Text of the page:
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Re: Sources list, was Re: Gparted error report

On 1/2/19, Richard Owlett <rowlett@xxxxxxxxxxx> wrote:
> On 01/01/2019 07:59 PM, David Wright wrote:
>> On Tue 01 Jan 2019 at 13:45:48 (-0500), Lee wrote:
>>> On 1/1/19, Richard Owlett <rowlett@xxxxxxxxxxx> wrote:
>>>> On 01/01/2019 08:03 AM, tomas@xxxxxxxxxx wrote:
>>>>> On Tue, Jan 01, 2019 at 06:07:21AM -0600, Richard Owlett wrote:
>>>>>> I am trying to modify the partitioning of a 240GB USB connected SSD.
>>>>>> It was originally created on a laptop running Debian 9.1 which is in
>>>>>> the shop for cooling problems.
>>>>>> I attempted to repartition it on a laptop running Debian 8.6 and
>>>>>> received an error message that the installed revision of e2fsck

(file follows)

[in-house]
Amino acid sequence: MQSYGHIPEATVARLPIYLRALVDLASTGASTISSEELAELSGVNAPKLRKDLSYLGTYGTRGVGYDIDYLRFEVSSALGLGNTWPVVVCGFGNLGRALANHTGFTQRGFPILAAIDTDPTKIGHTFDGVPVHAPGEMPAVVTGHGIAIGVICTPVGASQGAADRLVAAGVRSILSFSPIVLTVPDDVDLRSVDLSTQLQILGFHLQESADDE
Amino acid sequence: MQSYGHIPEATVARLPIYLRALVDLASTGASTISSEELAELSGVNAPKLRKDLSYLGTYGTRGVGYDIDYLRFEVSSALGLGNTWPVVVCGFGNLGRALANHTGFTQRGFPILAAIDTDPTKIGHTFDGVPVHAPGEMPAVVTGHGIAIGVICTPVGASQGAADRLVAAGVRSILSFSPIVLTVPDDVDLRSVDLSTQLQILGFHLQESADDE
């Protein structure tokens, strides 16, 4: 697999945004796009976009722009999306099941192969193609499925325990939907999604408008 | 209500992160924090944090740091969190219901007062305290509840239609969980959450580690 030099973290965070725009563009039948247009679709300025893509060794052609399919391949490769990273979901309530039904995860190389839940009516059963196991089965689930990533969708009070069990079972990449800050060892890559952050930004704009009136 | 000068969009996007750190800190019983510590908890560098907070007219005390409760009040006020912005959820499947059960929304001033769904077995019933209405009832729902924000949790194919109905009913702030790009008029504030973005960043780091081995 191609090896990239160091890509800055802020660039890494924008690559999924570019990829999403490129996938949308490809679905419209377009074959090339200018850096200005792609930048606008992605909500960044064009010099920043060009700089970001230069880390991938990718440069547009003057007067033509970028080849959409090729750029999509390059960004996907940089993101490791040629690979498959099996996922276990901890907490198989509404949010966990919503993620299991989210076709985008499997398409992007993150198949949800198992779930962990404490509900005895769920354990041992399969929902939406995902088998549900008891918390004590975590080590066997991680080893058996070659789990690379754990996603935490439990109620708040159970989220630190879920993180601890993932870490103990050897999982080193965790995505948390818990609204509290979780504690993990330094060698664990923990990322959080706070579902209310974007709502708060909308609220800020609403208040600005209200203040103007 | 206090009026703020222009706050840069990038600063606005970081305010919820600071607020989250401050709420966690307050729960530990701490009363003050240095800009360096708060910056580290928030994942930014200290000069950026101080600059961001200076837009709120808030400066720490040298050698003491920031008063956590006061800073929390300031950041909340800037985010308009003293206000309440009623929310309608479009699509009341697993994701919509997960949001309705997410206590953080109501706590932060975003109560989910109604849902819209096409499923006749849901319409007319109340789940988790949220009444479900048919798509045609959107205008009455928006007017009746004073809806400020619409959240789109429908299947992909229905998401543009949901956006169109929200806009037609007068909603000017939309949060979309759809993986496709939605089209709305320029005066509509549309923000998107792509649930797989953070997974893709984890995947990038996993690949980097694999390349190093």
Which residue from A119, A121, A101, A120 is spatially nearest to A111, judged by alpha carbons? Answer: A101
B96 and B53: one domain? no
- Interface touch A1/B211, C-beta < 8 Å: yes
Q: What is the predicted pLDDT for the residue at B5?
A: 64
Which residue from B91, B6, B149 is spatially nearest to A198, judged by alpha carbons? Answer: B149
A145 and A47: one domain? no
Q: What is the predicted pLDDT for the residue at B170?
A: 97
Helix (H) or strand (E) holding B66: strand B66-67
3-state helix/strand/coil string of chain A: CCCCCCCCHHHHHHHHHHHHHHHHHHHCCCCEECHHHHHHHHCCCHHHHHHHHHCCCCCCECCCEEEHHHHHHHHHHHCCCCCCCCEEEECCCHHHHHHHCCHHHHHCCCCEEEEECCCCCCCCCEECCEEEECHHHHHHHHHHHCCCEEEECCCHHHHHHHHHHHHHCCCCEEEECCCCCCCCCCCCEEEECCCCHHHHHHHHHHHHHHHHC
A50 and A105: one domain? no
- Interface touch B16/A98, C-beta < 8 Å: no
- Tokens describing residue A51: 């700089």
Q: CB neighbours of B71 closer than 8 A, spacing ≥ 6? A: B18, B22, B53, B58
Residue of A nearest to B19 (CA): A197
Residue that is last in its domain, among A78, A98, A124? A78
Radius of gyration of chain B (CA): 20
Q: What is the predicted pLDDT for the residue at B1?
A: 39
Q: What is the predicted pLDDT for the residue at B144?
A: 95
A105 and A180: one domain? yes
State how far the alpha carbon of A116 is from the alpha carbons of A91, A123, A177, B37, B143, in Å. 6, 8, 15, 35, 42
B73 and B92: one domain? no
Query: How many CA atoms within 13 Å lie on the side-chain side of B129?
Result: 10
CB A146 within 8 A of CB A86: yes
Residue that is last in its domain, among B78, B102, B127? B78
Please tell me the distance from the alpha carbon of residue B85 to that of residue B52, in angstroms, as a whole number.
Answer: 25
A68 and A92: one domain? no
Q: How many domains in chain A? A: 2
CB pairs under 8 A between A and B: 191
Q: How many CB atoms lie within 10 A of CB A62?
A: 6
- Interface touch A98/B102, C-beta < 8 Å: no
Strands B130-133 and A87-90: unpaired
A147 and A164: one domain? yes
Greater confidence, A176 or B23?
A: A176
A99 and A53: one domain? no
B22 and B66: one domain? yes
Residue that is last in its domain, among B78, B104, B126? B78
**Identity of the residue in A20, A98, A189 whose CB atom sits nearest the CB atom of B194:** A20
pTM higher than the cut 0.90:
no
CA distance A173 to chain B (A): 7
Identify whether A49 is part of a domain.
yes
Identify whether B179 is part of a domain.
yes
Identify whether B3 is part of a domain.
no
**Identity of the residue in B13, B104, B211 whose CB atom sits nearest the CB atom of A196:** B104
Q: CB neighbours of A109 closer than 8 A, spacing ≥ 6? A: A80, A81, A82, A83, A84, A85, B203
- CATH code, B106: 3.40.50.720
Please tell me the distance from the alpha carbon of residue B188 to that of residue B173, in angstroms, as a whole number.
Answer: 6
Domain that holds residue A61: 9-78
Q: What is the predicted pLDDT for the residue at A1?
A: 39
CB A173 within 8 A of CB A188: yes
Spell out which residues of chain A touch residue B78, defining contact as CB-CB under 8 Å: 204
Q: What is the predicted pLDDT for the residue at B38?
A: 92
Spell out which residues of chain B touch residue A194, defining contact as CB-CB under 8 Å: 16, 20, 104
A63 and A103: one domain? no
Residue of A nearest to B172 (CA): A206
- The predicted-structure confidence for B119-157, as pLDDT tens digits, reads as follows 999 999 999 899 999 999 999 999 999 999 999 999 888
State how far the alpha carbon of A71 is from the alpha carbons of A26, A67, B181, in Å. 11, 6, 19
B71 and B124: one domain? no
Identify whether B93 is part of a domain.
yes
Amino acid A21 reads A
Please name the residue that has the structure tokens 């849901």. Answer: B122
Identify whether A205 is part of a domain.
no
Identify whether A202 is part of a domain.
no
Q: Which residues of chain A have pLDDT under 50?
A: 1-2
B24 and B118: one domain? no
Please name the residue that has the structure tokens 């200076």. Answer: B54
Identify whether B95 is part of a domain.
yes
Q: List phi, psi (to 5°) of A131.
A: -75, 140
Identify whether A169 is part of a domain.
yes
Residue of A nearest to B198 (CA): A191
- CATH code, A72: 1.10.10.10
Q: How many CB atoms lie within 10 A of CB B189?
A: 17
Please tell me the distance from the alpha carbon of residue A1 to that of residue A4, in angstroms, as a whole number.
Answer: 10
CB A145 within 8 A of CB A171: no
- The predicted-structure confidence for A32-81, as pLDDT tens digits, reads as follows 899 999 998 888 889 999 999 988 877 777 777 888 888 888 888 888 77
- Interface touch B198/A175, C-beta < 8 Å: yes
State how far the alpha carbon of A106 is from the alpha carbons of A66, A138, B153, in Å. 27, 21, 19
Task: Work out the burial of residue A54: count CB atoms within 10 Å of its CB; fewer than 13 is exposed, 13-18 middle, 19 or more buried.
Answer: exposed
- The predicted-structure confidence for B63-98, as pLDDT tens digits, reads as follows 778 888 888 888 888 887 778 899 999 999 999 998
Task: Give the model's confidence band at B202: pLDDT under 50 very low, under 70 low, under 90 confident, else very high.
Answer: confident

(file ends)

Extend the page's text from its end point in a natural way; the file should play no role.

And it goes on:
>>>>>> could not analyze the first partition.
>>>>>> I then tried to perform the repartitioning on a machine I believe to
>>>>>> be running Debian 9.1.
>>>>>> How do I determine just what Debian release is running?
>>>>> To a first approximation:
>>>>>     tomas@trotzki:~$ cat /etc/debian_version
>>>>>     9.6
>>>>> Since it's possible to install packages from other releases (cf.
>>>>> FrankenDebian) or from alien repositories, this is just a first
>>>>> approximation.
>>>> My system reports 9.1 {as I thought it was}
>>>> It was initially installed from a purchased DVD 1.
>>> If you've been keeping the system updated, shouldn't it say 9.6?
>> Yes, but you have to know about the OP's habits.
> Yepp. But I assert my habits are the result of conscious decisions.
> I have atypical goals & constraints which intrinsically result in an
> atypical system.
> My "update routine" has been to purchase a new DVD set as required
> {normally two per major release}. YMMV ;/

Weren't you the one asking about how to make a local repo for updates
so you didn't have to download any given update more than once?  But
if you're deliberately not updating.. well, it certainly answers the
question of how to tell if you're missing updates or not.